More worryingly, the team also instigated a DDoS (denial of service) attack on a tube gate, putting it out of service.
The 'research' was undertaken by researchers Wouter Teepe and Bart Jacobs. According to the pair, all they used was a regular laptop, where they managed to top-up their cards with credit, without actually paying any money.
Speaking about the research and the implications to London's transport system, Jacobs insists: "We will not release software to manipulate the cards, but people will have enough information to write the software themselves."
There are plans to publish the full research in October.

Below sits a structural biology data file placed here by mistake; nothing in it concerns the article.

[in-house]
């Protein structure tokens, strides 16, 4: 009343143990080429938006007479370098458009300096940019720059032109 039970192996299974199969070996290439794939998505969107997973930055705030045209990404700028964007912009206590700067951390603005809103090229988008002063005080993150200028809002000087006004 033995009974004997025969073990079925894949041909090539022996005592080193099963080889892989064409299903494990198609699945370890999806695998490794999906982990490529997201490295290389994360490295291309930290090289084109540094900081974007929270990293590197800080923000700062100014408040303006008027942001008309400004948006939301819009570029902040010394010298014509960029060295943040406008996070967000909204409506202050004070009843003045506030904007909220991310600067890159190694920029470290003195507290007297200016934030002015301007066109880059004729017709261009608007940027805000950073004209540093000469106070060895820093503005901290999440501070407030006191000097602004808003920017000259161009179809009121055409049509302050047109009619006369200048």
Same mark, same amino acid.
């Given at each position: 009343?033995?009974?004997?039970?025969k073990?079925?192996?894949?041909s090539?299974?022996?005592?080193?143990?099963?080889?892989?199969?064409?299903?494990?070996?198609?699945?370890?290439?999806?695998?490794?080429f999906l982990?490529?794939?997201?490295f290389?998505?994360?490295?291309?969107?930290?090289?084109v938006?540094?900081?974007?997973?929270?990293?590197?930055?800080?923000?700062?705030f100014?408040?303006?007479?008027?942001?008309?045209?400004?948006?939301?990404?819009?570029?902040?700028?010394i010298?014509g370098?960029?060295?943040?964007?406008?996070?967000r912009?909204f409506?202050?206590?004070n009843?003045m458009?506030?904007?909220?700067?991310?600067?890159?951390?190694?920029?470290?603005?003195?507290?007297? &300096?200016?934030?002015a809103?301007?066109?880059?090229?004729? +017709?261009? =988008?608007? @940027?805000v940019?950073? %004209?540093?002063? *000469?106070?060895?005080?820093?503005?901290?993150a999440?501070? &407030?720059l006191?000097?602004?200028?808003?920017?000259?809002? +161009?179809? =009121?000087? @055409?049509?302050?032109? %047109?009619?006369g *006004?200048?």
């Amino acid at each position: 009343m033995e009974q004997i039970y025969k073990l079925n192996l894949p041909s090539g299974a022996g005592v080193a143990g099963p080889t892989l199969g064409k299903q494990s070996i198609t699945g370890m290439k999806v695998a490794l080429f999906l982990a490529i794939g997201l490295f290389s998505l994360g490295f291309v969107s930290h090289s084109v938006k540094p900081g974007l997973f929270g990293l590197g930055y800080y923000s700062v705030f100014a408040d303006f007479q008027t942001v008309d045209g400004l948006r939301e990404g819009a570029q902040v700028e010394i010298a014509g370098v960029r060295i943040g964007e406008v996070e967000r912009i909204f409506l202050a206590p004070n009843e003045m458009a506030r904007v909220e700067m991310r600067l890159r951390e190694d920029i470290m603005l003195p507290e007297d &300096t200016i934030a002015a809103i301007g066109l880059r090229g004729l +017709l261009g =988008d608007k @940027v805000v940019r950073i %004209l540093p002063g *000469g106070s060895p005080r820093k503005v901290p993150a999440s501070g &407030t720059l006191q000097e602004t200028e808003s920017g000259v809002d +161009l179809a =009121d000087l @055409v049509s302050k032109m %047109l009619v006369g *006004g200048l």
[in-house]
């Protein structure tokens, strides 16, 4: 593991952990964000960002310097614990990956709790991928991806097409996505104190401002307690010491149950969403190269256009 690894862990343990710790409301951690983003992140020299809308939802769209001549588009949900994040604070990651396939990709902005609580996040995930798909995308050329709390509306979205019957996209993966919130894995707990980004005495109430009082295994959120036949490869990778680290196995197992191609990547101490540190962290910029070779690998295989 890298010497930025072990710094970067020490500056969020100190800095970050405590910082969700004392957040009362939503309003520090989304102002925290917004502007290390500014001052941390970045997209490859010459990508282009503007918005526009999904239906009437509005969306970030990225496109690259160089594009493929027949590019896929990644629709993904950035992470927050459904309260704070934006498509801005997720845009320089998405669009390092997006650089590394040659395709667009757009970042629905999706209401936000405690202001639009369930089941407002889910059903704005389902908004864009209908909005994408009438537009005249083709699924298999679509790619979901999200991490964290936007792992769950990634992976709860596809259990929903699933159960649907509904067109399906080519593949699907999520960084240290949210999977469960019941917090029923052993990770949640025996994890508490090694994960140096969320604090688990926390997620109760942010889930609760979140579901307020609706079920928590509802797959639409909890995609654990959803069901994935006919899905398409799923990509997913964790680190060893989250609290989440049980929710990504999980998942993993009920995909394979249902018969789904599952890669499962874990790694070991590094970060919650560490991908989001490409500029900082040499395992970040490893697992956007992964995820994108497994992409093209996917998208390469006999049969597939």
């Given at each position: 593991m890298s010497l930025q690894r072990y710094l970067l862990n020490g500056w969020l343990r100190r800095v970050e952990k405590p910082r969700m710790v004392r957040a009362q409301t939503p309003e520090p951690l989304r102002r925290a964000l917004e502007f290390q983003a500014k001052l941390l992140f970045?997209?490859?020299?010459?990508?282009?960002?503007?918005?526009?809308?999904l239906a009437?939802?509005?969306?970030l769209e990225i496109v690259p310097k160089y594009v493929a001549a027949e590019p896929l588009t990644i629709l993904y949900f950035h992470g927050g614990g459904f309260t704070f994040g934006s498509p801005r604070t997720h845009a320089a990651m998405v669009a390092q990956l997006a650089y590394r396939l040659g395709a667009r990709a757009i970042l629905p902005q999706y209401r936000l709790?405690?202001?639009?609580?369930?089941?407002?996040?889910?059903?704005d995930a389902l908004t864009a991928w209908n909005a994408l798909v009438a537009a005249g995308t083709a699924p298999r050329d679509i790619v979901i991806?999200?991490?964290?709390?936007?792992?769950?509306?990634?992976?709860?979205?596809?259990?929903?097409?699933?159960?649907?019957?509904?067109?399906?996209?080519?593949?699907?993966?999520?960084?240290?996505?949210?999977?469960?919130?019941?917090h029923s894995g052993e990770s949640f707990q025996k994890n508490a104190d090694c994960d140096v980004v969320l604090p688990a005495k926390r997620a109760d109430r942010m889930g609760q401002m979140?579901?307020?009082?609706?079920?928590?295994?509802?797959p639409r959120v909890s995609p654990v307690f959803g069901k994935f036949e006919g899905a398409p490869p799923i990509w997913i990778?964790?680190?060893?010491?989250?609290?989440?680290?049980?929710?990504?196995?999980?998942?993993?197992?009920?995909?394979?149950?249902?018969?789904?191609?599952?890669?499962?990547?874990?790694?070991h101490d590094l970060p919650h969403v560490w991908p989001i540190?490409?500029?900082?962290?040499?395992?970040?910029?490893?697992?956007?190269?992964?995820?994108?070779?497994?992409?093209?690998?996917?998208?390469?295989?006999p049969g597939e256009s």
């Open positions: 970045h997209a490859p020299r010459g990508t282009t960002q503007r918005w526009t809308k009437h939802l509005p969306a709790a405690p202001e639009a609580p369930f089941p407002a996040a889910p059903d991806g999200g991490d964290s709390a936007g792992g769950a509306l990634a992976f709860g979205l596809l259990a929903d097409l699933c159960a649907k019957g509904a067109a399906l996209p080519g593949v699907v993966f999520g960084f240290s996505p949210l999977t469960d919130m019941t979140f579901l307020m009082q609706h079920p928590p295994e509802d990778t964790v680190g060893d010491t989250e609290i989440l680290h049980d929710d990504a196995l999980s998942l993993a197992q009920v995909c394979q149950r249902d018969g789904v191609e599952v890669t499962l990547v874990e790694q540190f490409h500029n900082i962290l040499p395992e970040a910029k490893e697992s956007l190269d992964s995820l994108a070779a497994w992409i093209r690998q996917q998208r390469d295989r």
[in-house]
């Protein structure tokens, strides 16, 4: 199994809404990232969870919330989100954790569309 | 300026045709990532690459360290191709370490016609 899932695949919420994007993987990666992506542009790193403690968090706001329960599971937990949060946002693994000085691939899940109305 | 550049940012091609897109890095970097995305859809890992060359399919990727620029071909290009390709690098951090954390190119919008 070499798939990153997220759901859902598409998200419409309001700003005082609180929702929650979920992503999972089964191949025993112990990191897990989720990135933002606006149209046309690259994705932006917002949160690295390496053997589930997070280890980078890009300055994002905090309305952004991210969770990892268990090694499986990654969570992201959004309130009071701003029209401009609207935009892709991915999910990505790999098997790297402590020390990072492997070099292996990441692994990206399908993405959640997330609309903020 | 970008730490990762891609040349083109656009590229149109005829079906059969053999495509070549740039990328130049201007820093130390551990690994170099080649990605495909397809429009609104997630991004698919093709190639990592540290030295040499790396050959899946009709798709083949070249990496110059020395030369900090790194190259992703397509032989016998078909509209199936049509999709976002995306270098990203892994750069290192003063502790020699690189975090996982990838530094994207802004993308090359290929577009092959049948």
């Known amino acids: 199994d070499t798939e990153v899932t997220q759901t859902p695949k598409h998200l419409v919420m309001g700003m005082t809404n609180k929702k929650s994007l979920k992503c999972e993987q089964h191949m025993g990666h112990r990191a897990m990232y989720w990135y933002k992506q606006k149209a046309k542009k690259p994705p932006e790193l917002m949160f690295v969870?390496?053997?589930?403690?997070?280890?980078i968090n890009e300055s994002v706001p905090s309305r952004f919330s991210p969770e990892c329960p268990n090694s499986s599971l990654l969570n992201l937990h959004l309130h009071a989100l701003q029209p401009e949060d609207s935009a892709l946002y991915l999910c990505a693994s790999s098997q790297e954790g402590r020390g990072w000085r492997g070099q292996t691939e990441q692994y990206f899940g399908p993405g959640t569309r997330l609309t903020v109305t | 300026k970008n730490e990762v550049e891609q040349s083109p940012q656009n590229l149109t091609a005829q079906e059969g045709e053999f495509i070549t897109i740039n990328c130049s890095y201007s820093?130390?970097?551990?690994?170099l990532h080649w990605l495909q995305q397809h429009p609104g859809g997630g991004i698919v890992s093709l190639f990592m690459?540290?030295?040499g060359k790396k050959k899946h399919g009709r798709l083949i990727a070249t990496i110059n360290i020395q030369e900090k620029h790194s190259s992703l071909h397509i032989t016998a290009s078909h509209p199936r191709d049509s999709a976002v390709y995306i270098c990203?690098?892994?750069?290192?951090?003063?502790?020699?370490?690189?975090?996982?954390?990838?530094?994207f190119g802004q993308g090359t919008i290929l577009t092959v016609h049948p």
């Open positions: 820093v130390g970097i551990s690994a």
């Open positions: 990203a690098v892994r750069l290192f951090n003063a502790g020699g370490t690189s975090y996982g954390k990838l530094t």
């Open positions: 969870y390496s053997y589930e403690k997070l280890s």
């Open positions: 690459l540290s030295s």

London is your Oyster
The news of this security breach comes just a few moths after the TfL (Transport for London) spoke to TechRadar about potential security issues arising from the Oyster Card, insisting that: "The security of the Oyster system has never been breached. We run daily tests for clone cards or rogue devices and none have been discovered." This, however, now does not now seem to be the case.
We have contacted TfL and are awaiting a reply, but a new statement from the company regarding the researchers' findings now states: "We run daily tests for cloned or fraudulent cards and any found would be stopped within 24 hours of being discovered. Therefore the most anyone could gain from a rogue card is one day's travel."